A recent fundraising event benefiting a local police officer under federal indictment was not attended by other village commissioners, though a colleague of theirs, Commissioner Mark Hosty, helped organize the get-together.
Hosty declined to comment on the guest list for the Dec. 29 party, but his fellow commissioners all said they avoided the gathering. Commissioners Rory Hoskins, Mark Curry and Marty Tellalian also said they decided not to donate any money to the cause, which seeks to assist Sgt. Michael Murphy in paying for his legal defense.
Immediately prior to the fundraiser, each of the commissioners said they had not decided whether to get involved.
“We’re all commissioners,” Curry said. “Nobody can say I’m doing this as a friend, because ultimately you’re a commissioner.”
Curry tempered that remark by pointing out that Hosty’s only motivation appears to be to help a longtime friend.
Murphy, a 17-year veteran of the local police department, is a childhood friend of Hosty’s. Murphy is currently on paid leave from his duties with the department pending the adjudication of two felony criminal charges filed against him by U.S. Attorney Patrick Fitzgerald’s office. Federal prosecutors earned an indictment against Murphy in late October that alleges the sergeant beat a homeless man in 2003 and then falsified a department report on the event.
A trial date has not been set in the case.
In addition to his administrative duties, Village Administrator Mike Sturino also serves as the ethics advisor to public officials in Forest Park. The title carries the responsibility of providing guidance to employees and elected officials so that they understand and comply with local and state ethics laws. Sturino declined to comment on whether Hosty’s involvement in helping raise funds for a village employee presented an ethical dilemma. Further, he would not say whether he discussed the issue with Hosty, other members of the council or village employees.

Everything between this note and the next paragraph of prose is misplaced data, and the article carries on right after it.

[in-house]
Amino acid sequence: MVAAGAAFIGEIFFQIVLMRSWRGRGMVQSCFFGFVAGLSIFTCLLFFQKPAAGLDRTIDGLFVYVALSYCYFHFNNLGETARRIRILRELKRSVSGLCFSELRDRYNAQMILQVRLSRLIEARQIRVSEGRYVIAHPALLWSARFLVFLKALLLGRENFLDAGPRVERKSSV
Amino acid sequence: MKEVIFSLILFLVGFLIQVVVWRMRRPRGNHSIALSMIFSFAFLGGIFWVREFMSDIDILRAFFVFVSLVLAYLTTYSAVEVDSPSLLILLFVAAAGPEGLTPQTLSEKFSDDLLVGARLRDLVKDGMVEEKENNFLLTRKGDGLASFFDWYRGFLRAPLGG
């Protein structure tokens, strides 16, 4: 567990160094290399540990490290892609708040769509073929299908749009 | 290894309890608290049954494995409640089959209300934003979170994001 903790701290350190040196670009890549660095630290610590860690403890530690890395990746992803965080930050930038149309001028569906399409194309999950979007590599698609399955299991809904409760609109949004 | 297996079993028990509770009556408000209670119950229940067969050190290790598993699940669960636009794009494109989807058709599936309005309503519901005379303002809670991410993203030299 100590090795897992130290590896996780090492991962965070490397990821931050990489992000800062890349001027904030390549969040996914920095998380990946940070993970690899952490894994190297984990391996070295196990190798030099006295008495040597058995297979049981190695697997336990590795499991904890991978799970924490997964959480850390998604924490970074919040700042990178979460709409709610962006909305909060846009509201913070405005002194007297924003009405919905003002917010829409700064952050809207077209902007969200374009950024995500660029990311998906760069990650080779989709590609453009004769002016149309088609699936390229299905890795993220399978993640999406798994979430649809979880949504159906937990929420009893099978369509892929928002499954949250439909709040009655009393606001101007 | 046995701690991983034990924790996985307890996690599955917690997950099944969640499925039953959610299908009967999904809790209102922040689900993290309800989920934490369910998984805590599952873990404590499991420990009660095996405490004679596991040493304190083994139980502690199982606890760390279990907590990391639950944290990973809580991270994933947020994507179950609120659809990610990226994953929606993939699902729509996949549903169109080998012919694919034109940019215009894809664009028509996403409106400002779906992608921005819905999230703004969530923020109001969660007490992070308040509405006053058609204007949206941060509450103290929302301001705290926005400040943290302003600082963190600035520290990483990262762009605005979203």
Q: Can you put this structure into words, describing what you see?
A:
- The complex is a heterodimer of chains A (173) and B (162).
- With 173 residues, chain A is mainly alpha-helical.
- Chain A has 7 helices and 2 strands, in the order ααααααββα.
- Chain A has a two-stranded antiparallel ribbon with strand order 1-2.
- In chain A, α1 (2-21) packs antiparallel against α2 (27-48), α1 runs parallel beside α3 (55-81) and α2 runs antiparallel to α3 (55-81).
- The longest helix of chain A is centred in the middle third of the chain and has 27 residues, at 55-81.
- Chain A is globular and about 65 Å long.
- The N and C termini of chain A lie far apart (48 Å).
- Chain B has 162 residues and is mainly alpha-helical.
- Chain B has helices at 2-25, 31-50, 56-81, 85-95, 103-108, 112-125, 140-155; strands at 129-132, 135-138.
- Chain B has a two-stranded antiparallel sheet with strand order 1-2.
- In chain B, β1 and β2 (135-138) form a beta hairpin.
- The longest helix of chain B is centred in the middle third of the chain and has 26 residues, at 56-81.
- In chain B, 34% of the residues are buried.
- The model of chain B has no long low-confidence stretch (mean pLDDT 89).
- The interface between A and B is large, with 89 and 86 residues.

“I’m just not talking about it,” Sturino said.
According to Hosty, he was never advised by Sturino with respect to the fundraiser. Several other commissioners also said they had not discussed their participation in the event with Sturino.
Mayor Anthony Calderone did not return a phone call seeking comment.
Prior to the fundraiser, Hosty denied that his involvement presented any potential for conflicts. In declining to speak about who attended or how much money was raised, the commissioner said he’s received nothing but positive feedback.
Any controversy surrounding the benefit is being manufactured by the Review, said Hosty.
“I’ve heard nothing negative from anyone in Forest Park, except the newspaper,” Hosty said.
To get into the Hillside bar where the event was held, attendees paid $40 for a spot on the guest list. Hosty is an owner of that bar, Art’s Tavern.
David Morrison, the assistant director for the Illinois Campaign for Political Reform, cautioned any elected official against shrugging off their obligation to the public in the interest of a personal relationship.
In the case of a fundraiser, the situation can become dicey if contracted vendors or municipal employees were swayed by the authority of the commissioner’s office to participate. There’s no evidence that Hosty used his office to lean on contributors, and donations made to a legal defense fund are not subject to public scrutiny, said Morrison.
“[Murphy’s] innocent until proven guilty. He has a right to a lawyer,” Morrison said. “All of that is fine. The point where it becomes an ethical dilemma is if a village commissioner uses their political position to solicit donors. I don’t know if that happened.”
The Illinois Campaign for Political Reform is a non-partisan public interest group located in Chicago. The organization focuses its research and advocacy efforts on improving accountability, transparency and public participation in government.